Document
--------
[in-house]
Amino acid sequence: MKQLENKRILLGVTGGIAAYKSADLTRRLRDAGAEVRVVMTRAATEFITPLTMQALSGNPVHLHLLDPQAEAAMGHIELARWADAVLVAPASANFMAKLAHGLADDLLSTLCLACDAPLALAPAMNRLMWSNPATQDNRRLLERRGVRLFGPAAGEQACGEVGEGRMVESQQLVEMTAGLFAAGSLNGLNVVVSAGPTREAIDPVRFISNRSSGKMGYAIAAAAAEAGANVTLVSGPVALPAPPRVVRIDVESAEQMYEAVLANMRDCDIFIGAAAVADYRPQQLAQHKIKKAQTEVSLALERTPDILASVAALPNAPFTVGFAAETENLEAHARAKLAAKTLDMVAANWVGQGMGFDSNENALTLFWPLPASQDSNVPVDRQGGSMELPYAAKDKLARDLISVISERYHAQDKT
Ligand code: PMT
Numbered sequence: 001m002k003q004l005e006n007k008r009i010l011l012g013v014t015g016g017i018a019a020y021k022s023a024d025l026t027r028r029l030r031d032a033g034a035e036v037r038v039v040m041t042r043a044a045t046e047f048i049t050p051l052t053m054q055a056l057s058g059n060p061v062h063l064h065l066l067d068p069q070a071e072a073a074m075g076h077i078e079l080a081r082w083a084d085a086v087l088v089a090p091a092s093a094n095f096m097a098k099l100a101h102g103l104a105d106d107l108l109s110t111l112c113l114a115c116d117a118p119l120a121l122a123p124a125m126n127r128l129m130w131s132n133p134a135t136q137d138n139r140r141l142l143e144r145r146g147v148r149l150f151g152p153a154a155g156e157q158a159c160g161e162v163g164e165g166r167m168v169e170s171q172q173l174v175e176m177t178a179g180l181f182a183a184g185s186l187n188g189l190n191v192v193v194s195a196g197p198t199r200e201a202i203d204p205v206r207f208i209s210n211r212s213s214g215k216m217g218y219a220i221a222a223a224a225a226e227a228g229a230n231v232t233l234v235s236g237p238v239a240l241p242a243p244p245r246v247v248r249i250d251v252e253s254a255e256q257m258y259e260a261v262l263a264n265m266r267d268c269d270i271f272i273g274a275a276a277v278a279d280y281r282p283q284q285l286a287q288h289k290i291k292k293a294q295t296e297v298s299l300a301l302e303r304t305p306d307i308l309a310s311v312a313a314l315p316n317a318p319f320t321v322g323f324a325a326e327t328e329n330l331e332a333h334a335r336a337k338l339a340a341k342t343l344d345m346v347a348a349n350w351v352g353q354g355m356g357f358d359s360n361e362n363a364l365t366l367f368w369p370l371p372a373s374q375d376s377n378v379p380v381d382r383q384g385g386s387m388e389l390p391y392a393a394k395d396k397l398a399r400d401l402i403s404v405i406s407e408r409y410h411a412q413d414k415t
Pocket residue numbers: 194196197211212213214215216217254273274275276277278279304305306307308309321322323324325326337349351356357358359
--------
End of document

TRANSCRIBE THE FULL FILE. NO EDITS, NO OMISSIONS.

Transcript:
[in-house]
Amino acid sequence: MKQLENKRILLGVTGGIAAYKSADLTRRLRDAGAEVRVVMTRAATEFITPLTMQALSGNPVHLHLLDPQAEAAMGHIELARWADAVLVAPASANFMAKLAHGLADDLLSTLCLACDAPLALAPAMNRLMWSNPATQDNRRLLERRGVRLFGPAAGEQACGEVGEGRMVESQQLVEMTAGLFAAGSLNGLNVVVSAGPTREAIDPVRFISNRSSGKMGYAIAAAAAEAGANVTLVSGPVALPAPPRVVRIDVESAEQMYEAVLANMRDCDIFIGAAAVADYRPQQLAQHKIKKAQTEVSLALERTPDILASVAALPNAPFTVGFAAETENLEAHARAKLAAKTLDMVAANWVGQGMGFDSNENALTLFWPLPASQDSNVPVDRQGGSMELPYAAKDKLARDLISVISERYHAQDKT
Ligand code: PMT
Numbered sequence: 001m002k003q004l005e006n007k008r009i010l011l012g013v014t015g016g017i018a019a020y021k022s023a024d025l026t027r028r029l030r031d032a033g034a035e036v037r038v039v040m041t042r043a044a045t046e047f048i049t050p051l052t053m054q055a056l057s058g059n060p061v062h063l064h065l066l067d068p069q070a071e072a073a074m075g076h077i078e079l080a081r082w083a084d085a086v087l088v089a090p091a092s093a094n095f096m097a098k099l100a101h102g103l104a105d106d107l108l109s110t111l112c113l114a115c116d117a118p119l120a121l122a123p124a125m126n127r128l129m130w131s132n133p134a135t136q137d138n139r140r141l142l143e144r145r146g147v148r149l150f151g152p153a154a155g156e157q158a159c160g161e162v163g164e165g166r167m168v169e170s171q172q173l174v175e176m177t178a179g180l181f182a183a184g185s186l187n188g189l190n191v192v193v194s195a196g197p198t199r200e201a202i203d204p205v206r207f208i209s210n211r212s213s214g215k216m217g218y219a220i221a222a223a224a225a226e227a228g229a230n231v232t233l234v235s236g237p238v239a240l241p242a243p244p245r246v247v248r249i250d251v252e253s254a255e256q257m258y259e260a261v262l263a264n265m266r267d268c269d270i271f272i273g274a275a276a277v278a279d280y281r282p283q284q285l286a287q288h289k290i291k292k293a294q295t296e297v298s299l300a301l302e303r304t305p306d307i308l309a310s311v312a313a314l315p316n317a318p319f320t321v322g323f324a325a326e327t328e329n330l331e332a333h334a335r336a337k338l339a340a341k342t343l344d345m346v347a348a349n350w351v352g353q354g355m356g357f358d359s360n361e362n363a364l365t366l367f368w369p370l371p372a373s374q375d376s377n378v379p380v381d382r383q384g385g386s387m388e389l390p391y392a393a394k395d396k397l398a399r400d401l402i403s404v405i406s407e408r409y410h411a412q413d414k415t
Pocket residue numbers: 194196197211212213214215216217254273274275276277278279304305306307308309321322323324325326337349351356357358359